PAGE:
One late evening recently I was at a garden nursery and was taken around the place by two of the managers. We went down to goods receiving where a supplier had brought in a load of hydrangeas late in the afternoon after closing time. The managers who are also horticulturists took one look at the hundred or so crates of hydrangeas and unfortunately had to reject them because of the quality. To me the hydrangeas looked pretty and appealing but to the expert eye there were major flaws. The grower of these hydrangeas had grown them too close together which meant that they grew trying to reach for sunlight, which lengthened the stems. The result of this was that the hydrangeas had long stems and either drooped or fell down. Not every nursery has such strict quality control and most nurseries with lower quality standards would have accepted them. But how can you claim to be a tip-top garden nursery if you display hydrangeas like these on your nursery floor?
From the grower or in this case what you would call the supplier’s point of view, they thought they were growing to standards that would be acceptable to the high-end garden nurseries. Hydrangeas take about a year to grow so the supplier has lost all the money that they invested in growing these flowers. Yes, it’s a loss that they can probably make up because they are a big grower but it does show anyone who is starting a business of their own how important product quality is. Product quality is only one of the risks that a small business or start-up faces.
The myth is that entrepreneurs are big risk takers but when you look behind the scenes you find that smart entrepreneurs find every way they can to mitigate risks. Sometimes they would not proceed with certain investments if they are not willing to take the risk. They will also try to transfer the risk such as purchasing insurance cover on critical risk that may spell disaster for the business such as fires, floods or even the death of a director. The point is that you cannot eliminate all risk from any business venture but you can take steps to reduce, transfer or avoid certain risks.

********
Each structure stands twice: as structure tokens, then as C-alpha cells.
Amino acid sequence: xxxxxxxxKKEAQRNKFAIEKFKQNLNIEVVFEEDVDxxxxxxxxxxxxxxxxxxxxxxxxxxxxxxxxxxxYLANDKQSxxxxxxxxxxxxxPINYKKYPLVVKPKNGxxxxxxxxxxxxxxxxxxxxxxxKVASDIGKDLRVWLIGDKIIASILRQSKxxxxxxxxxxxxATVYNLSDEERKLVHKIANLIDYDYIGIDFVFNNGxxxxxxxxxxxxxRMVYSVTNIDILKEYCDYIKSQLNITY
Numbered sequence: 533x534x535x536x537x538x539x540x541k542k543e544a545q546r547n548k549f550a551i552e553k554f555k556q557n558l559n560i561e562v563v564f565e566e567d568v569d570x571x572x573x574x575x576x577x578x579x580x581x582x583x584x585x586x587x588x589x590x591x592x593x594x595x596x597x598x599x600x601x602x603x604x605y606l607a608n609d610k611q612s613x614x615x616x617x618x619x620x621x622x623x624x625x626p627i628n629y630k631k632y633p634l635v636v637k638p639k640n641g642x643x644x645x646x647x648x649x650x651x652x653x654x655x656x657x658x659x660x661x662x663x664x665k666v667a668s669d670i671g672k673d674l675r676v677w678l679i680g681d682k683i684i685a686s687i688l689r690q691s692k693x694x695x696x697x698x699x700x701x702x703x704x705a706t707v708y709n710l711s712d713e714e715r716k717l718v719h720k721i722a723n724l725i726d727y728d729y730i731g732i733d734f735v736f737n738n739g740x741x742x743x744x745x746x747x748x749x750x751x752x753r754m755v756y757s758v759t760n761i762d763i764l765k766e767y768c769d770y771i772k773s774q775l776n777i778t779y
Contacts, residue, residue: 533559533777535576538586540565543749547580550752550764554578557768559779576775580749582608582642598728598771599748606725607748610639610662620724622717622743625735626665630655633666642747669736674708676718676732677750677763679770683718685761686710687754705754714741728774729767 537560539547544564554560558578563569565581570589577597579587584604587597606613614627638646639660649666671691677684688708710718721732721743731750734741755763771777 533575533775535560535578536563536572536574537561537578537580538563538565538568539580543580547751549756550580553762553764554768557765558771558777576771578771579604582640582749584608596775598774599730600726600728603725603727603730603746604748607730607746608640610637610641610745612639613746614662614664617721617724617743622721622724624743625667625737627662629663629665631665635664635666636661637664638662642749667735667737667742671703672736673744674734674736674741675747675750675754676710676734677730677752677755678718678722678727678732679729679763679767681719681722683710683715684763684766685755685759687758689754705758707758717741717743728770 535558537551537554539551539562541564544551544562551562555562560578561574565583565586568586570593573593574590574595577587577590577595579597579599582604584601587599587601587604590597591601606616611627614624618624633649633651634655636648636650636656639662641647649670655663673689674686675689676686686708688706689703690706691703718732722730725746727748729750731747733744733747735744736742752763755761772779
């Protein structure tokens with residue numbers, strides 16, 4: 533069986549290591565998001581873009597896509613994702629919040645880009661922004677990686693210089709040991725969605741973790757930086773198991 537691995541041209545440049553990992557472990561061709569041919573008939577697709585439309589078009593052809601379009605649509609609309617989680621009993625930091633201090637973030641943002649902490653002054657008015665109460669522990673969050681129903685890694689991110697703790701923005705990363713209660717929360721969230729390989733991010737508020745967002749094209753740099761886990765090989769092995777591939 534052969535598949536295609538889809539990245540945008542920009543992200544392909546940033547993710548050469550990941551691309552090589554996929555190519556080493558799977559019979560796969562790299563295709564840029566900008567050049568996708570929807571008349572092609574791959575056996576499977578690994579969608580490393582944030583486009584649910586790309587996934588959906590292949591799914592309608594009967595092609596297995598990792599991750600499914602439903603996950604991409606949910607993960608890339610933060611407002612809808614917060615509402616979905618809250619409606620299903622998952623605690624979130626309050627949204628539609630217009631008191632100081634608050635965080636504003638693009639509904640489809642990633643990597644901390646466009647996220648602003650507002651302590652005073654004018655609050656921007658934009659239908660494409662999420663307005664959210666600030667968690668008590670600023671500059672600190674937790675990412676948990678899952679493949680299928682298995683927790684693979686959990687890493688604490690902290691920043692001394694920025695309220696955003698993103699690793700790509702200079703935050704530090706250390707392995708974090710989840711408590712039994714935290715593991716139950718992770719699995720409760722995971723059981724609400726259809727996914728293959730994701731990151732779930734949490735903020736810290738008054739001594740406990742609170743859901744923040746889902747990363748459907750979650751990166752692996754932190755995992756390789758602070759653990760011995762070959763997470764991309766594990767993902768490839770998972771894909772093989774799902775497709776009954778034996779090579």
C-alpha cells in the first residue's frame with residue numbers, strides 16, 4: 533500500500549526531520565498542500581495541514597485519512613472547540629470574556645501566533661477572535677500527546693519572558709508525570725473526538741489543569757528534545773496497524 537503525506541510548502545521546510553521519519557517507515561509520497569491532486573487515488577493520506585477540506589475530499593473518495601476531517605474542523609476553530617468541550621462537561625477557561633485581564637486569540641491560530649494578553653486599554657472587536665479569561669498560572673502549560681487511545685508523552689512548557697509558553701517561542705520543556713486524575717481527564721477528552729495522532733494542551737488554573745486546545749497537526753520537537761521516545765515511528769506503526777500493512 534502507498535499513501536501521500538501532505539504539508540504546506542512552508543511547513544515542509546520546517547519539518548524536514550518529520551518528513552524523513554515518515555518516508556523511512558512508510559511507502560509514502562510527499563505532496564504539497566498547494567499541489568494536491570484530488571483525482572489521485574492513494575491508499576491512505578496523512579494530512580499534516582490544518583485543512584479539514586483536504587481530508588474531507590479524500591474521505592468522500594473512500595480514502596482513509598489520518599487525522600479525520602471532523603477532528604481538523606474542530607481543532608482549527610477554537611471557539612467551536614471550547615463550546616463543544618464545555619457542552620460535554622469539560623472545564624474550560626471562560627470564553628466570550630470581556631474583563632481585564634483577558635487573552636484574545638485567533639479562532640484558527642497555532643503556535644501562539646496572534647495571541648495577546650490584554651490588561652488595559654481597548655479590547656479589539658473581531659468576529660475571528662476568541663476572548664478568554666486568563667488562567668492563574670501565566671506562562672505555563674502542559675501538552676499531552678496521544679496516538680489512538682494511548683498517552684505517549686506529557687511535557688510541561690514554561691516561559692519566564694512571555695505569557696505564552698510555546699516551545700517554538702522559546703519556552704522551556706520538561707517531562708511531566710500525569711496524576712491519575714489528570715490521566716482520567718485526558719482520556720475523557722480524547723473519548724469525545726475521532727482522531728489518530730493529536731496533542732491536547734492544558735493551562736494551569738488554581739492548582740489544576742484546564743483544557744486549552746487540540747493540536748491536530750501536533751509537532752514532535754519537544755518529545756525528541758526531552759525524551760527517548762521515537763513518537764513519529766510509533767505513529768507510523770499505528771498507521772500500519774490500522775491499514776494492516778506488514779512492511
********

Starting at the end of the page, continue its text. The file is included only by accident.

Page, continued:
One consultant has identified some key risks in start-ups or small businesses that could spell disaster or even closure. Some of these risks include ensuring that you have identified a genuine market need, you have estimated the market size correctly, have the capacity to implement your new business idea or innovation, figure out how you going to sell it for more than it cost you to make, ensure that you stay ahead of the competition and don’t run out of money. There are other such risks but these are the main ones. It could be a good exercise before you start your new venture or revise your risk plan for an existing business to look at market risk, competitive risk, technology and operational risks, financial risk, people risk, legal and regulatory risk, and systemic risks.
If you need help to develop your risk management plan, you should get input from your team of trusted advisers and if you are a larger size business involve your management team, to make sure that you anticipate the major risks in your new business or existing one. While there is still time, if you are starting out with a mere concept or promising new idea, you may want to get hold of a copy of “Breakthrough Ideas” which takes you through some of the key risk areas in taking an idea from conception through to development and implementation. Stocks are limited so without any obligation get your name down on the waiting list now.